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An Alabama man is alive and back home thanks to fast action by the staff of the University of Tennessee Health Science Center‘s Mobile Stroke Unit and the doctors and medical staff at Methodist University Hospital’s Comprehensive Stroke Center. Gerald Sandlin of Vinemont, Alabama, was aboard a Delta flight bound for Atlanta when he had stroke. The plane made an emergency landing at Memphis International Airport.
The Mobile Stroke Unit was waiting on the tarmac to meet the plane and transferred Sandlin to the $1.1 million, 14-ton van, a stroke center on wheels, designed to reduce the time to treatment and improve odds of recovery from stroke, the fifth leading cause of death an Number 1 cause of permanent disability in adults in the United States.
“If he went somewhere else, treatment would have been delayed a couple of hours,” said Andrei Alexandrov, MD, medical director of the Methodist University Hospital Comprehensive Stroke Center and Mobile Stroke Unit team. “He probably would have died because of the nature of the stroke.”
The Mobile Stroke Unit is equipped with a hospital-quality CT scanner with advanced imaging capabilities that allow brain imaging and also imaging of the individual blood vessels in the brain.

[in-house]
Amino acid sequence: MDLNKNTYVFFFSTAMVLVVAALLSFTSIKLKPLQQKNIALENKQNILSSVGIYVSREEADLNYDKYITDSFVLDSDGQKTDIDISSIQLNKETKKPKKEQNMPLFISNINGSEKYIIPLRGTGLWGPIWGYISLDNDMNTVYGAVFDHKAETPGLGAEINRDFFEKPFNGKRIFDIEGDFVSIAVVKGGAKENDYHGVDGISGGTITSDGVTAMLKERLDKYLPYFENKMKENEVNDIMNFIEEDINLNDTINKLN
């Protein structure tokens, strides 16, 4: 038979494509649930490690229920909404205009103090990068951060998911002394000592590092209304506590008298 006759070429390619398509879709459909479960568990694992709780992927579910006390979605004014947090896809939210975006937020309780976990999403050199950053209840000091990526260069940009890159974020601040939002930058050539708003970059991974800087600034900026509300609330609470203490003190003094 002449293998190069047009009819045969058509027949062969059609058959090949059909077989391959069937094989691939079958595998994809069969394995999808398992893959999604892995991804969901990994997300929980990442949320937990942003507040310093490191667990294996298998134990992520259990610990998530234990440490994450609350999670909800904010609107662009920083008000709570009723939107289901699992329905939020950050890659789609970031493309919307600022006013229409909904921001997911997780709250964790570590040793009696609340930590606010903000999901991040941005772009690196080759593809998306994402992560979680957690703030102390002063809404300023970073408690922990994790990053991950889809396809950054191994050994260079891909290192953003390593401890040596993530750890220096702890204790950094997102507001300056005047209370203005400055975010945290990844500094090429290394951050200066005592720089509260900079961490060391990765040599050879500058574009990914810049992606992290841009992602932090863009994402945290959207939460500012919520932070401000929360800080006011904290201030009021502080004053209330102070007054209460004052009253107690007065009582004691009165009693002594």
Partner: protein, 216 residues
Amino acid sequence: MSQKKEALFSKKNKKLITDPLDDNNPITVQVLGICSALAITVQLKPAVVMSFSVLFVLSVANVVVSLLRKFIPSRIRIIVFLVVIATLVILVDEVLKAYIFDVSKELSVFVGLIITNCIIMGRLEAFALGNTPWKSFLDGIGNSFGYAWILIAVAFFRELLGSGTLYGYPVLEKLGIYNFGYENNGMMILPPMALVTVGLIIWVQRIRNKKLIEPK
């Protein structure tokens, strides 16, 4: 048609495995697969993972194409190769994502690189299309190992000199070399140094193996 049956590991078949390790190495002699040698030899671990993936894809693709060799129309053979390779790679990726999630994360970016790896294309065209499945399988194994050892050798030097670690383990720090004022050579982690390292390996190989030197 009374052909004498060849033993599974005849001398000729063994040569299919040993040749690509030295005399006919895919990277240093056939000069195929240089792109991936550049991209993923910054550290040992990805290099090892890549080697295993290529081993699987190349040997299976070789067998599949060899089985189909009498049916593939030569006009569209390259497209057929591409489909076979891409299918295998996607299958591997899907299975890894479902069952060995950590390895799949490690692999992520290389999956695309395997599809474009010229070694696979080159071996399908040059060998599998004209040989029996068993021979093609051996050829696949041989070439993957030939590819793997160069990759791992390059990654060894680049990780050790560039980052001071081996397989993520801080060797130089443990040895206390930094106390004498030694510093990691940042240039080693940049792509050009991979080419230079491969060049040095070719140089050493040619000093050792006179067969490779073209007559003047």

It was the first in the world with this type of state-of-the-art scanning capability, which allows for diagnosis and initial treatment with the clot-busting drug, tissue plasminogen activator, tPA, in the field, instead of waiting to begin treatment at the hospital.
“Time is brain,” said Dr. Alexandrov. The longer it takes to treat a stroke, the more blood vessels die from lack of blood flow, and the worse the outcome. That is why it is crucial to receive medical treatment as soon as possible to achieve the best result.
Once the plane landed, Sandlin was quickly taken to the Mobile Stroke Unit, and within one minute, he was undergoing a CT –angiography scan that clearly showed a basilar artery thrombosis, the most deadly stroke. The clot-busting tPA was administered, and he was taken to Methodist University Hospital, where the clot was successfully removed by Adam Arthur, MD, a neurosurgeon with Methodist University Hospital.
“I’m tickled to be doing so well,” said Sandlin. With the fast treatment he received, he has none of the residual problems that can result from stroke. “I feel good,” he said, and demonstrated that fact by walking down the hospital corridor the day after his massive stroke.